Outlook: After a season away, Bedford is back at Finals weekend for the second time in three years and fifth time under Vogel. The Kicking Mules advanced this time with a 40-27 Regional Final win over No. 9 Westland John Glenn. Senior Randy Boisselle (35-4 at 171) was a Finals placer last season and is one of eight on the team with at least 30 wins.
Record/rank: 21-3, No. 8
League finish: First in Capital Area Activities Conference Blue
Coach: Stan Granger, first season (21-3)
Championship history: Four MHSAA championships (most recent 2008), two runner-up finishes.
Individual Finals qualifiers: 103 Jacob Harris (29-11) soph., 112 Ryan Mosher (28-8) jr., 112 Mariano Lopez (31-4) jr., 130 Jason Jones (19-7) sr., 135 Ralph Thompson (30-12) sr., 160 Alex Russell (25-7) sr., 189 Nathan Bremer (14-4) sr., 215 Cole Newman (30-13) jr., 285 Joshua Terrill (38-2) sr.
Outlook: Granger is a past Holt standout and served as an assistant under longtime coach Rocky Shaft since 1998 before taking over the program. The Rams downed No. 10 Brighton 45-29 in a Regional Semifinal on the way to Kalamazoo. A junior-heavy lineup last season has become a group anchored by seven senior starters plus five more juniors. Terrill was the runner-up at 285 last season, while Bremer, Mosher, Jones, Thompson and Russell also were Finals placers.
Record/rank: 15-3, No. 6
League finish: First in Ottawa-Kent Conference Red
Coach: Bubba Gritter, 12th season (187-76)
Championship history: Two MHSAA championships (most recent 1993), three runner-up finishes.
Individual Finals qualifiers: 112 Josh Vasquez (35-3) fr., 119 Jaxon Sanchez (27-9) soph., 135 Justin Gorman (23-4) jr., 171 Max Herrema (22-9) soph., 285 Jordan Kaat (32-3) sr., 105-G Beyonkah Rincones (10-11), fr.
Outlook: Grandville is returning to the Finals for the first time since 2017 and fourth time under Gritter, after claiming a 34-25 win over No. 7 Rockford in the Regional Final to advance. Sanchez and senior Anthony Taylor (23-10 at 152) were Individual Finals placers in 2021.
#8 WARREN WOODS TOWER
Record/rank: 7-8, unranked
League finish: Fifth in MAC Red
Co-coaches: Greg Mayer, 22nd season (409-266) and Russell Correll, ninth season (172-70)
Championship history: Division 2 runner-up 2017.
Individual Finals qualifiers: 103 Dominic Gumtow (27-4) fr., 112 Daniel Staniszwski (15-8) soph., 130 Tyler Daniel (28-10) sr., 135 Aidan Ede (22-10) fr., 145 Josh Howey (24-2) sr.
Outlook: The Titans are headed to Finals weekend for the seventh-straight season, but this time in Division 1 after previously making the trip in Division 2. Daniel and Howey were Finals placers last season, and they are two of four senior starters for an otherwise younger group – eight underclassmen help fill the lineup.
PHOTO Hartland, here against Westland John Glenn, is the No. 3 seed this weekend in Division 1. (Photo by Douglas Bargerstock.)
ROCKFORD – Ben Bennett knew from an early age what he wanted his career path to be.
“I always wanted to coach,” the former Rockford High School wrestling standout said. “I think I have wanted to coach since I was in middle school. I wanted to be a college wrestling coach.”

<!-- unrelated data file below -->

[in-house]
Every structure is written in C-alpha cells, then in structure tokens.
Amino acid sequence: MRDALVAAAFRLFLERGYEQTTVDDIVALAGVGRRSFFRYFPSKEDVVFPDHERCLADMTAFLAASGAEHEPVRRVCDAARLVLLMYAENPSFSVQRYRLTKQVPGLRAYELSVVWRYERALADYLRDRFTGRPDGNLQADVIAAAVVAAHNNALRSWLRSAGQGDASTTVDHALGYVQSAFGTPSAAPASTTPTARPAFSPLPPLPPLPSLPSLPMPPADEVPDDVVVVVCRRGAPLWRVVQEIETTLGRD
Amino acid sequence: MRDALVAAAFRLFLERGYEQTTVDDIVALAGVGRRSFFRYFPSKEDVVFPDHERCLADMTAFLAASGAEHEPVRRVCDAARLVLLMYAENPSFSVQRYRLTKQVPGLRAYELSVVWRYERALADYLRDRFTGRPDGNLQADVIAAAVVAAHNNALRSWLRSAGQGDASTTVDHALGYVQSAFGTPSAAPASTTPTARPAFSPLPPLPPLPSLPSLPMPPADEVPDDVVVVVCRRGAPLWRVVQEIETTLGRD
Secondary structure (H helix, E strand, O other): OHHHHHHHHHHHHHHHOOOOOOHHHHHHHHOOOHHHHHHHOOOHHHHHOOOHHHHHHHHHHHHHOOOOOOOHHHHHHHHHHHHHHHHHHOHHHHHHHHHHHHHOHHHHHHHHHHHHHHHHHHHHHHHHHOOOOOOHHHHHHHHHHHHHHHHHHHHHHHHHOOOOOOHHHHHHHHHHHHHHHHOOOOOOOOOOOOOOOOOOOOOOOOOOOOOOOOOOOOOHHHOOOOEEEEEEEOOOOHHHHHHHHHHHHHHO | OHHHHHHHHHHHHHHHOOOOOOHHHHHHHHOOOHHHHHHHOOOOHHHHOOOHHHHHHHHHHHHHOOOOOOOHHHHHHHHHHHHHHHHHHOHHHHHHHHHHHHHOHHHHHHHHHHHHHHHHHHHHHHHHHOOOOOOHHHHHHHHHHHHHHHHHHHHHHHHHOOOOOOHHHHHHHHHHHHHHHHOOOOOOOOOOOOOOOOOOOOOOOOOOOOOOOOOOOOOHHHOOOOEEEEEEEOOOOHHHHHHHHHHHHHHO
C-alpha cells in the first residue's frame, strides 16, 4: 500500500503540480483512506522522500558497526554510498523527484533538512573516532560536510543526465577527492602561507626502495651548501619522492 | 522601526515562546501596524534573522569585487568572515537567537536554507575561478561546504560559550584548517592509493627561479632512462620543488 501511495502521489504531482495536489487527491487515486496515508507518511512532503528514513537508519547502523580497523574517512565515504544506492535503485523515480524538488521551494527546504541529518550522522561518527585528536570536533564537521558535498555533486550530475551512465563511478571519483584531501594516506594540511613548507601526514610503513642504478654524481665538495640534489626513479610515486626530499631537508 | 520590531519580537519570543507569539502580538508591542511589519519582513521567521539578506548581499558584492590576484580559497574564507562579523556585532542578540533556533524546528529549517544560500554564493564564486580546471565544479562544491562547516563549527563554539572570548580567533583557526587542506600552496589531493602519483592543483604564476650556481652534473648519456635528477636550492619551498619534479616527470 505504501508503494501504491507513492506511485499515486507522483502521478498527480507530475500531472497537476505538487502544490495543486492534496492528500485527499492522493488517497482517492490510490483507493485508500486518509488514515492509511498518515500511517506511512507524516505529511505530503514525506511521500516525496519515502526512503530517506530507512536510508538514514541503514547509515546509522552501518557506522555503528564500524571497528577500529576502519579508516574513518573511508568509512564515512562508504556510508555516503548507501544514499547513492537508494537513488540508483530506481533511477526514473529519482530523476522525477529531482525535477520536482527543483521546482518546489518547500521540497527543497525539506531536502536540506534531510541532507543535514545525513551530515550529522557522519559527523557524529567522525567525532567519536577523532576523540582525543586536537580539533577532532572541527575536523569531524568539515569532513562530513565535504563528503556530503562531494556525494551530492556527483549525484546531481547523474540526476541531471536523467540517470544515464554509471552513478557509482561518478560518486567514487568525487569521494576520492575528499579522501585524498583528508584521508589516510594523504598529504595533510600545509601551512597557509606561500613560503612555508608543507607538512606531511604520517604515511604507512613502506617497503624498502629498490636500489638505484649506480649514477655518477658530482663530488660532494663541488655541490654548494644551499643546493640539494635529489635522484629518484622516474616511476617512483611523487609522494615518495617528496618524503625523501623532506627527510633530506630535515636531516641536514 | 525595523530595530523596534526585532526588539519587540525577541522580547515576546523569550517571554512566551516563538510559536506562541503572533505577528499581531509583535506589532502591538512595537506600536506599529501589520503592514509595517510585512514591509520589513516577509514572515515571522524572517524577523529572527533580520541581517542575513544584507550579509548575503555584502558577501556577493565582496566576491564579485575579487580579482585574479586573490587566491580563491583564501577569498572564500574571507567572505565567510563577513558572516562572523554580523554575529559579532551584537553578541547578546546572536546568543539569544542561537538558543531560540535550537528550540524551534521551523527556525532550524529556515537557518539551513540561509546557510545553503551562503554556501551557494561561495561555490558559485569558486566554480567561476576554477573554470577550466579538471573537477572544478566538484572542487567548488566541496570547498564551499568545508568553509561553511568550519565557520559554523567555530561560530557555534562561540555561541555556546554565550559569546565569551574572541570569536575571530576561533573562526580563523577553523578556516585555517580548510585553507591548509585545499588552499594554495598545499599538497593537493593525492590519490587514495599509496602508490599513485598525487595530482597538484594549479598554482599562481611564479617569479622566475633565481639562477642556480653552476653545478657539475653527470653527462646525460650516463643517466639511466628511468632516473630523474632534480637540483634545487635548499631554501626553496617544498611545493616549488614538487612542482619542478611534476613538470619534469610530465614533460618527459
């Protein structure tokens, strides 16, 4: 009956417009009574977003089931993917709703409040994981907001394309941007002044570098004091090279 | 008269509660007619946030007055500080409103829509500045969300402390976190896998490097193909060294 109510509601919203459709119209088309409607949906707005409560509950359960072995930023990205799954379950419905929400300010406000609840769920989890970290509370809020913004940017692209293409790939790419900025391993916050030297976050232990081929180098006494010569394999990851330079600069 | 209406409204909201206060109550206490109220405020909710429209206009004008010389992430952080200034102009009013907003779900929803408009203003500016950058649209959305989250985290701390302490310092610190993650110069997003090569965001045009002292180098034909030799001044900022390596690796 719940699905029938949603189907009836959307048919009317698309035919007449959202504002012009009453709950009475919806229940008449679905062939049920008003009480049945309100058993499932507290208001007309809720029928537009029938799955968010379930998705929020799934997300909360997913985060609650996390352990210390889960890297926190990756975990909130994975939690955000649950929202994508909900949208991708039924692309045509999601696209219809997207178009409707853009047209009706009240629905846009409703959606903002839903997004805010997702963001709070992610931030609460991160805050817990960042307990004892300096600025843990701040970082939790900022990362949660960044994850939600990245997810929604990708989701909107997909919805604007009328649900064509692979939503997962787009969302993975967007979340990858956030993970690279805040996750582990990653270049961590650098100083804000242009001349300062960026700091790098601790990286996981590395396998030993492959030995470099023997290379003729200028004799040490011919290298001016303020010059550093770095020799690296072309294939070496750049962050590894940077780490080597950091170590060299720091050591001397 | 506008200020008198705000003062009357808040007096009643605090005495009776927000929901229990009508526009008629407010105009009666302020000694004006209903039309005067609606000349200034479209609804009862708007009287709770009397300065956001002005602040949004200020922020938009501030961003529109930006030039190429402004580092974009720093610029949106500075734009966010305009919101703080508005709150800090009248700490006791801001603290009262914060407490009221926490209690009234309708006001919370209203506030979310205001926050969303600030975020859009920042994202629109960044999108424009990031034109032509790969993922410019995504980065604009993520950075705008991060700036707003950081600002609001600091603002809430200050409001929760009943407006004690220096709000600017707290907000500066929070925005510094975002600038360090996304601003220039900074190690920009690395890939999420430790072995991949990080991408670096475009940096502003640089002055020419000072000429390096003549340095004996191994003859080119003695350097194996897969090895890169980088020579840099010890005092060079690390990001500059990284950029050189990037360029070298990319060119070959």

Bennett, 33, is currently living out his dreams of becoming a collegiate coach as a member of the Central Michigan University wrestling program.
Bennett, one of the most decorated wrestlers in CMU history, is in his 10th season on 32-year coach Tom Borrelli’s staff.
“I was getting ready to graduate, and a position opened up,” Bennett said. “I think Coach Borrelli knew that I really wanted to stay involved in wrestling and get into coaching. I was fortunate enough to slide into that position, and he had enough faith in me to let me stay here.”
Before getting the opportunity to coach, Bennett amassed eight years of unbridled success at the high school and collegiate levels.
He was a three-time Individual Finals champion at Rockford and helped lead the Rams to a Division 1 team championship as a junior.
“I had a really good high school experience, and I really enjoyed wrestling for our head coach at the time, Don Rinehart,” Bennett said. “He coached for a long time, and we always had some very competitive teams.
“In 2007, my junior year, we won the team state duals, but every year we were really competitive and had multiple individual state champions. Those were the type of teams I was able to wrestle on, which made it pretty exciting and pretty fun when you have those types of guys around you.”
After excelling through the junior ranks, Bennett made an immediate impact for the Rams and captured the Division 1 championship at 140 pounds as a freshman.
However, the following year, he took third at 152 after losing a semifinal match 2-1.
That defeat was humbling for Bennett but also showed him how to handle adversity.
“At the time, in my eyes, the world was ending,” Bennett said. “You look back and it probably was more of a positive. It's good to have those things happen to you, and you face some adversity.
“And I think that's more relatable to life rather than just when you win all the time. I did a lot of winning, but when things are really important, sometimes it's good to fail, for things not to go your way because it will probably happen for the rest of your life.
“You have to learn how to respond and come back from that and handle it the right way and just get back to work. At the time, I remember how devastated I was, but looking back it probably was a positive thing long term.”
Bennett wound up collecting two more Individual Finals titles, at 160 and 171 pounds, to end his high school career and then was named Mr. Wrestler, receiving the award given to the top senior wrestler by the state coaches association.
“I wasn't even thinking that I might get that,” he said. “There are so many great high school wrestlers that come out every year, and thinking about the guys I wrestled … to be singled out as the one chosen for that award was pretty special.”